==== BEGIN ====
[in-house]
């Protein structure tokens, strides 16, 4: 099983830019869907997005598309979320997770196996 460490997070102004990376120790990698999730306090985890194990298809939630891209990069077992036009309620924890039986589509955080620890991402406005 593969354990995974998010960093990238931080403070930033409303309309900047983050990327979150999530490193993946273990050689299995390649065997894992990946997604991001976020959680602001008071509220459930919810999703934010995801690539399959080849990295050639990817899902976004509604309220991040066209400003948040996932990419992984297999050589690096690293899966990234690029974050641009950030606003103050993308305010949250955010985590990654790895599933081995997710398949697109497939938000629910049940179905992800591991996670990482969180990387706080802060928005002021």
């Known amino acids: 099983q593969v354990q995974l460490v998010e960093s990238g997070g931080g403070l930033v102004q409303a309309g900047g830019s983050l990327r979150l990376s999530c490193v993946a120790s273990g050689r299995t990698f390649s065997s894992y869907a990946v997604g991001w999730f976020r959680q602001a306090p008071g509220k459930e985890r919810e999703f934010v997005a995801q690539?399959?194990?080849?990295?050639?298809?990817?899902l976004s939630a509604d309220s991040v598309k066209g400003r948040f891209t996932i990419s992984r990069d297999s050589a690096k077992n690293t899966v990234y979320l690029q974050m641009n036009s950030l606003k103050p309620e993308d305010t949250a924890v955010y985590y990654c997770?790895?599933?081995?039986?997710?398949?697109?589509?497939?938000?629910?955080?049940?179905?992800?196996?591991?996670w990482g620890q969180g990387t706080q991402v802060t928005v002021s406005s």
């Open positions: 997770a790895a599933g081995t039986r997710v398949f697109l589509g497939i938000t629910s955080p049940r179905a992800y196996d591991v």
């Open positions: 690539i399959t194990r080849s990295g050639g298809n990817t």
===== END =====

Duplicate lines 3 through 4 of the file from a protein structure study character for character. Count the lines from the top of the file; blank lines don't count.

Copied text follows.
């Known amino acids: 099983q593969v354990q995974l460490v998010e960093s990238g997070g931080g403070l930033v102004q409303a309309g900047g830019s983050l990327r979150l990376s999530c490193v993946a120790s273990g050689r299995t990698f390649s065997s894992y869907a990946v997604g991001w999730f976020r959680q602001a306090p008071g509220k459930e985890r919810e999703f934010v997005a995801q690539?399959?194990?080849?990295?050639?298809?990817?899902l976004s939630a509604d309220s991040v598309k066209g400003r948040f891209t996932i990419s992984r990069d297999s050589a690096k077992n690293t899966v990234y979320l690029q974050m641009n036009s950030l606003k103050p309620e993308d305010t949250a924890v955010y985590y990654c997770?790895?599933?081995?039986?997710?398949?697109?589509?497939?938000?629910?955080?049940?179905?992800?196996?591991?996670w990482g620890q969180g990387t706080q991402v802060t928005v002021s406005s």
């Open positions: 997770a790895a599933g081995t039986r997710v398949f697109l589509g497939i938000t629910s955080p049940r179905a992800y196996d591991v």